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What Are Some Uses of Flowers?

Updated on March 11, 2012
Flower garden of the Chateau de Bouges
Flower garden of the Chateau de Bouges | Source

Think of setting your eyes upon something natural, delicate, vibrantly colored or soft-toned in appearance -- some sweet-smelling and others slightly pungent -- and a flower comes to mind. One cannot help to forget everything else when looking at a flower, just for a moment. This is why flowers graciously perform with accentuating flair in any outdoor or indoor setting. So what are some ways flowers are used? Some may be obvious and others may take you by surprise.

In the Landscape

Spreads of green lawns set the stage as neutral backdrops to natural, outdoor settings. But green upon more green added from the shrubbery and trees easily becomes slightly uninteresting and even drab. The addition of flowers, here and there, introduces burst of color, whether soft and subtle or bold and bright. Plant them in the soil or in decorative, outdoor pots. In a line across the front of a row of bushes, in a bed standing on its own, as a focal point garden in the middle of the lawn, or as rings around the base of the ornamental trees -- these are some of the ways flowers are used in the landscape.

Insect Repellent in the Garden

As beautiful and as fragrant as flowers are, some attract insects and others repel them. It is a gardener's favorite to plant marigolds around and throughout a vegetable garden. Lavender, sage, fleabane, geraniums, and hibiscus are some flowers that keep flies, moths, mosquitos and other insects away.

Floral Arrangements - Fresh and Dried

Bring the outdoor, natural beauty of flowers inside with floral arrangements around the house. With the wide array of flower colors, it is easy to assemble arrangements that coordinate with the color scheme of any room. And it is very pleasant to see flowers around the house -- they lighten the soul and seem to make the air smell a little sweeter.

Since many flowers, such as roses, benefit from regular pruning, cutting flowers from the garden gives the house a constant supply of floral decorations, while providing the flower plants with their necessary, regular prunings. So grow your own flowers. Enhance your landscape, patio or windowsill with floral color, and then prune the ones that require pruning by cutting flowers for your home decor.

In Potpourri

Fragrant, cut flowers soon meet their demise, becoming dried, brittle flower remains. The flower's dried petals, leaves and stalks gain a new purpose when used as fragrant potpourri. Make sachets for closets and drawers, fill bowls with the homemade potpourri and sit them in the living room and bathroom. The flowers will give off a subtle fragrance into the room, even during the seasons when flowers do not bloom.

Abutilon pictum (flower lei). Location: Maui, Foodland Pukalani
Abutilon pictum (flower lei). Location: Maui, Foodland Pukalani | Source

As Jewelry

The Famous Lei. Around the world, from Hawaii, to Mexico, to the Philippines and Australia, flowers are worn as symbols of beauty and cultural expressions. Necklaces, hair ornaments and corsages are some ways people use flowers as jewelry. Flowers also inspire jewelry designs in gold, silver, brass, copper, and with precious stones.

Salad with candied walnuts, persimmon slice, cheese, dried cranberries and pansies.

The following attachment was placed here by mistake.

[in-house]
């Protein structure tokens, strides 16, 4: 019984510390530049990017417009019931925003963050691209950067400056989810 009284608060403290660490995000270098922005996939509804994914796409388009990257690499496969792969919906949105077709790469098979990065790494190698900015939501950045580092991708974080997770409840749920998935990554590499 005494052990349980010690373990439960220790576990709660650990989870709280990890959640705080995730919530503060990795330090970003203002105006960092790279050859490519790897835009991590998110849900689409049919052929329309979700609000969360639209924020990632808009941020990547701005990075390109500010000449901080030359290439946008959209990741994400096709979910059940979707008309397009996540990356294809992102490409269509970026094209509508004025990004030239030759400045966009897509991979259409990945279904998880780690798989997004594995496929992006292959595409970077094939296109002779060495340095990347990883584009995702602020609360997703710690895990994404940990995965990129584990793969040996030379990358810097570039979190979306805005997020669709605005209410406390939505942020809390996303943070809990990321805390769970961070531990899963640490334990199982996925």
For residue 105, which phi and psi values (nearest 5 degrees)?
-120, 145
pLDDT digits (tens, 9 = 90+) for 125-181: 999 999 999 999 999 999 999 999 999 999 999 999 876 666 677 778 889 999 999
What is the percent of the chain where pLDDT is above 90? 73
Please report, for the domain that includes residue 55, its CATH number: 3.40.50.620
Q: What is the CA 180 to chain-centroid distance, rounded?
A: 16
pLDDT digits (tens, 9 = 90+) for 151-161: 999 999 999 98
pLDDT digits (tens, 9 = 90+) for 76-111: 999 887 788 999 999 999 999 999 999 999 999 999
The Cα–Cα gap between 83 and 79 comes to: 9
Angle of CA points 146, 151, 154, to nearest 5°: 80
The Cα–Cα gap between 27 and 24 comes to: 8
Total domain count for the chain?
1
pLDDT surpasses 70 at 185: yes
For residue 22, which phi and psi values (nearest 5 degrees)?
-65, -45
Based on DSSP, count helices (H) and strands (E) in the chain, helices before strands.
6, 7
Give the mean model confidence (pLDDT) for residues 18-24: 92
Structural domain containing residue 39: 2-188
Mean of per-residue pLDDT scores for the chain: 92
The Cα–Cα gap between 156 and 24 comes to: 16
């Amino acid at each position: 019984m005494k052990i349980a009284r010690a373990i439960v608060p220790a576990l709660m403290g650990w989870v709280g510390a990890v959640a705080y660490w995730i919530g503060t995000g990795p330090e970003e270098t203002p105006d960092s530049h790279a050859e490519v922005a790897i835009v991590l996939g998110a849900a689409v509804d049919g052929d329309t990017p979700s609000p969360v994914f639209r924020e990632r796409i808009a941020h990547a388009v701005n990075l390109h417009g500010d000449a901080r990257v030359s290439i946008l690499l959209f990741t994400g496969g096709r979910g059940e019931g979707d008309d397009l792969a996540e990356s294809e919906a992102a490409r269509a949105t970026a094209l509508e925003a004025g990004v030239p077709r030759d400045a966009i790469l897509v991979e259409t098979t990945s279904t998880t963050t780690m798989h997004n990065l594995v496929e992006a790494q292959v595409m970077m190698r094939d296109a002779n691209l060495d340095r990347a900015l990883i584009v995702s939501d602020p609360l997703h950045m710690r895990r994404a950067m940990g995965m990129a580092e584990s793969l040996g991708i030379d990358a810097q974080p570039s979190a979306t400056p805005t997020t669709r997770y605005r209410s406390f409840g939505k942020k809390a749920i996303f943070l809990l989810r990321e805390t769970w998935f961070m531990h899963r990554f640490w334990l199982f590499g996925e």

Salad with candied walnuts, persimmon slice, cheese, dried cranberries and pansies. | Source

On a Salad, As a Spice, As a Garnish

Some flowers are edible -- ready to eat on a salad, as part of a dessert and as a garnish to an elegant, flavorful dish. Some flowers impart a sweet, flower taste to the food, while others are slightly pungent, offering more of an herbal infusion. Clover, coriander, chyrsanthemum, chives, day lily, gardenia, fennel, jasmine, lavender, marigold, pansy and okra are some edible flowers that add delightful color and flavor to foods.

Drinking Flower Tea

Fresh and dried flowers with medicinal and aromatic properties make soothing teas to enjoy in the morning, in the afternoon or in the evening. Chamomile, lavender, sage, fennel, dandelion, hibiscus, sorrel and rose are some favorite flower teas.

In Art - Pressed Flowers

As a way to preserve floral beauty, flowers are pressed flat and dried. A flower press uses two boards to sandwich the flower and bolts to tighten the boards together. The most important thing to do when pressing your flowers is to arrange and position them in the best way. It helps to imagine the finished pressed flowers when playing with their positioning. It takes about a week or so to completely press and dry out the flowers.

Use pressed flowers as accents for stationery, wall art, jewelry and sun catchers, or make an educational collection of pressed flowers with each flower's botanical information.

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    • Naima Manal profile imageAUTHOR

      Naima Manal 

      6 years ago from NY

      Thank you, Bedbugabscond. That's a very good idea -- I have the same exact scenario with the tree stump. Accenting it with a pot will certainly give it a country-style flair. I would recommend black-eyed Susan, daisies or echinaceas, etc., since these perennials are pretty hardy and will not suffer from a missed day or two of watering. Thanks a lot!

    • Bedbugabscond profile image

      Melody Trent 

      6 years ago from United States

      You seem very knowledgeable on this topic. We had to chop a tree in the front yard down. It was dying and there was worry it might land on the house, car or a person. We do not have time to pull the stump. So I was thinking about getting a big pot to set on the stump, or maybe a barrel on its side, and then we could plant some flowers in the pot/barrel. What do you think? Any ideas on what flowers to use?

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